that thumb long before we are
saved from his incompetence
Everyone, bar the mulish lickspittles who would praise this broken reed come what may, is therefore agreed: Gordon Brown acted in 2007 not in the national interst when setting the Budget but for the narrow sectarian electoral interests of the Labour Party.
Few should now doubt but that that self same narrow sectarian interest guides almost every decision he makes: how will this or that enhance my and my party’s standing with the electorate? The 10% Tax rate abolition was done only for those reasons and was designed to be the centrepiece for a General Election in the autumn of 2007 or early spring of 2008 (before the effect of the rate kicked in).
Instead McStalin returned to the drawing board once more to nuance the political calculations of his and his party’s interest and his gutless yellow streak welled up inside him and he picked up his skirts and fled the scene.
Thus he was hoist with his own petard, doomed to sit and wonder for the next six months when his illusionist’s trick would come back to haunt him, as inevitably it would. Sure enough it came back to bite him just in time to cause a veritable train-wreck to the election results of this Spring, in local elections and in the London Mayoralty. Those who live by the Magician’s trick, die by it too.
Now his own party manoeuvres to see just how clear a shot it can get at his back with a view to plunging a very large knife into it.
We have, of course, been told that the Chancellor is going to fix Gordon Brown’s shabby little trick by spending £2.7 bn of YOUR money to buy back the affections of those affected by his stunt. Or at least we thought it would be £2.7 bn. We now discover that it is going to cost at least another £1 bn to sort the mess out completely:
“The 13 May measures, whilst welcome, do not go far enough. There are still 1.1 million losing households, many of whom are on low income incomes and who are being hit hard by rising food and fuel prices and the slowdown in the economy.
“The government’s short-term priority must be to make every effort to compensate these people in full. The government must not let this issue slide into the background and will need to produce fresh proposals to fully compensate these 1.1 million households by the time of the 2008 pre-budget report.”
And that, says The Times, will cost an extra £1 bn.
The Labour Gerrymander has now reached the stage where it not merely attempts to fiddle the electoral rules to its own considerable advantage, but it now treats the earnings of every Briton and British company as being its own private piggy bank which it might plunder at will to shore up its own rapidly-declining position, to help lift it up once more from the degradation into which it has fallen.
Thus Gordon Brown and His (Not so) Merrie Men turn the story of Robin Hood on its head: now they rob the rich, the well-off, the comfortable, the struggling and the poor to pay for Labour’s prospects at the Ballot Box.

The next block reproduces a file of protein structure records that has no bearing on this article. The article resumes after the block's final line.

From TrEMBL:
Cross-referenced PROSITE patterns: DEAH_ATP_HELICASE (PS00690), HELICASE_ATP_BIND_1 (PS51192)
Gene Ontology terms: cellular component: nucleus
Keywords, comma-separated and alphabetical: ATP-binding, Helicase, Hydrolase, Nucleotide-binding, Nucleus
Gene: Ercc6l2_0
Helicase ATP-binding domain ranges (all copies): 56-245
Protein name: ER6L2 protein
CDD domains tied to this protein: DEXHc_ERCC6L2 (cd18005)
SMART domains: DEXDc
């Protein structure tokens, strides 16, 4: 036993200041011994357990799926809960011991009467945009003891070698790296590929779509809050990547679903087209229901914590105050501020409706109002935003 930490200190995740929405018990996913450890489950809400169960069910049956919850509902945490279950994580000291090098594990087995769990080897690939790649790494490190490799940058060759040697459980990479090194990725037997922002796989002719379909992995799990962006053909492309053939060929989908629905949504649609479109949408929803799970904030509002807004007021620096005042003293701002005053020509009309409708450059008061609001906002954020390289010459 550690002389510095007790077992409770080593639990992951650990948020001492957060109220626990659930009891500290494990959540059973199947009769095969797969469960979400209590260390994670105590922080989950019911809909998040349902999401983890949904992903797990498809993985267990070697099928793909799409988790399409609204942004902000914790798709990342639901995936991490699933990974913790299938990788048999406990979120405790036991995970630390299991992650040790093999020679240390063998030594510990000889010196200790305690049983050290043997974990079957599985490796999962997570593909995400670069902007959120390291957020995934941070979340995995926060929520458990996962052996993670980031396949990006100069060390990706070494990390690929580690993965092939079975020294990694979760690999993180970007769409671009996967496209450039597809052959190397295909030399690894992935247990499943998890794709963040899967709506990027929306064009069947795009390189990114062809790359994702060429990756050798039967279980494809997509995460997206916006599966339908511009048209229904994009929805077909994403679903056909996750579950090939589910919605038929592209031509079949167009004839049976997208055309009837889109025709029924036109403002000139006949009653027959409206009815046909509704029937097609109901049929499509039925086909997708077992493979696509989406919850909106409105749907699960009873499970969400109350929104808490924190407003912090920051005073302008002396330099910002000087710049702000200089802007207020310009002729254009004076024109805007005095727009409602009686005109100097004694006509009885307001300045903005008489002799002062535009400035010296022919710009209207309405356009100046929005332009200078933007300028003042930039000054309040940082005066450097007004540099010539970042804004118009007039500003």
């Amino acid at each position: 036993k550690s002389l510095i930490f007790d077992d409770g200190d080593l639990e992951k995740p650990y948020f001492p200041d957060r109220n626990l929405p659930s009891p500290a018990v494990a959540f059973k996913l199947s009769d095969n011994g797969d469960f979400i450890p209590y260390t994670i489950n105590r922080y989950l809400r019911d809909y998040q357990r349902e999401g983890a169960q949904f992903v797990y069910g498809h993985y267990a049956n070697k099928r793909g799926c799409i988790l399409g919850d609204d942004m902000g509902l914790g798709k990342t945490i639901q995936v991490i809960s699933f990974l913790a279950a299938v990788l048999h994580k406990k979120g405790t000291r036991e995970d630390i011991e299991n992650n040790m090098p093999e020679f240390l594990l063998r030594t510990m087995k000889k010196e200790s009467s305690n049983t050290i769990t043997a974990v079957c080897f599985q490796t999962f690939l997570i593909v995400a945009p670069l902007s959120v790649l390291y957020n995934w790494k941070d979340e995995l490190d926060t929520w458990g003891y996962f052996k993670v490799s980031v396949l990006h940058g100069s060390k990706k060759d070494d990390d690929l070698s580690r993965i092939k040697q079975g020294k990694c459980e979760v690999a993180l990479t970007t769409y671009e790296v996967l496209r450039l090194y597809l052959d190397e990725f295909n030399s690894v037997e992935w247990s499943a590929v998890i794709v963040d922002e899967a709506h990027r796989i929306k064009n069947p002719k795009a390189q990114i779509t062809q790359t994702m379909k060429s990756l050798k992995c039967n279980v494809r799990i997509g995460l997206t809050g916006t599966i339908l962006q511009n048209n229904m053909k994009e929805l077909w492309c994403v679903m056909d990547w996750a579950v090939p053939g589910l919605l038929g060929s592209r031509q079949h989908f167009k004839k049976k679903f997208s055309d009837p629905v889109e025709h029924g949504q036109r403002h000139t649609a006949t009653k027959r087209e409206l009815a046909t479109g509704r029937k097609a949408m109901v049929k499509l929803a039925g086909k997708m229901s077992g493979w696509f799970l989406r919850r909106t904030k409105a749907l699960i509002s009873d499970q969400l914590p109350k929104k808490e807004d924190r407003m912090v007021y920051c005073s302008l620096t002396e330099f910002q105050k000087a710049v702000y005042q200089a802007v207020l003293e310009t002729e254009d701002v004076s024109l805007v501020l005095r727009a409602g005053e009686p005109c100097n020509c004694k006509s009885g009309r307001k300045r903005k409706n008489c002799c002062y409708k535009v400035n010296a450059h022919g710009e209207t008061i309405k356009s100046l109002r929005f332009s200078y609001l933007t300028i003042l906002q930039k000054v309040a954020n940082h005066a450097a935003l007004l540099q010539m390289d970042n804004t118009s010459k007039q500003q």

Fortunately the long-suffering British public, who in 1997 were bamboozled once more by Smuggo into letting Labour loose on their wallets, have had the lessons of 1945-1951, 1964-1970 and 1974-1979 forced down their throats once more. As a result we are witnessing, I believe, what will be the swiftest and most comprehensive descent into oblivion of any modern democratic political party of comparable size in the Western World. Such is the depths of their demise that it is entirely possible, if things remain as they and Labour’s decline continues, there may be less than 150 Socialists in the next Parliament, perhaps even less than 100.
It always ends thus, with the nation prostrate after a right good mugging by Labour. This time we ought to try and find a way of marginalising them completely. If that meant the odd five years here and there of rule by whatever left of centre party might emerge from the ruins, one that acknowledged the folly of ‘tax and spend, spend, spend’, that might be something we could put up with in between lengthy periods of a party that can take us to a place where we might describe ourselves as having a low-tax regime whereby we have become, as a nation, as rich as Creosus.
The worry, though, is the extent to which this irresponsible Prime Minister will continue to mortgage our nation’s future for his own shabby political ends as he conducts a scorched earth policy in advance of his own total eclipse. That will make our recovery even harder when The Tory party returns in 2010.
As McStalin confronts the ruin he has made after just one year in office as PM but ten as Chancellor, he will not be comforted by the thought that the best one can say of him is that he, and he alone, is principally responsible for it. He should, however, remember that history will remember him much less generously: it will in time label him as a political crook, a charlatan and a coward.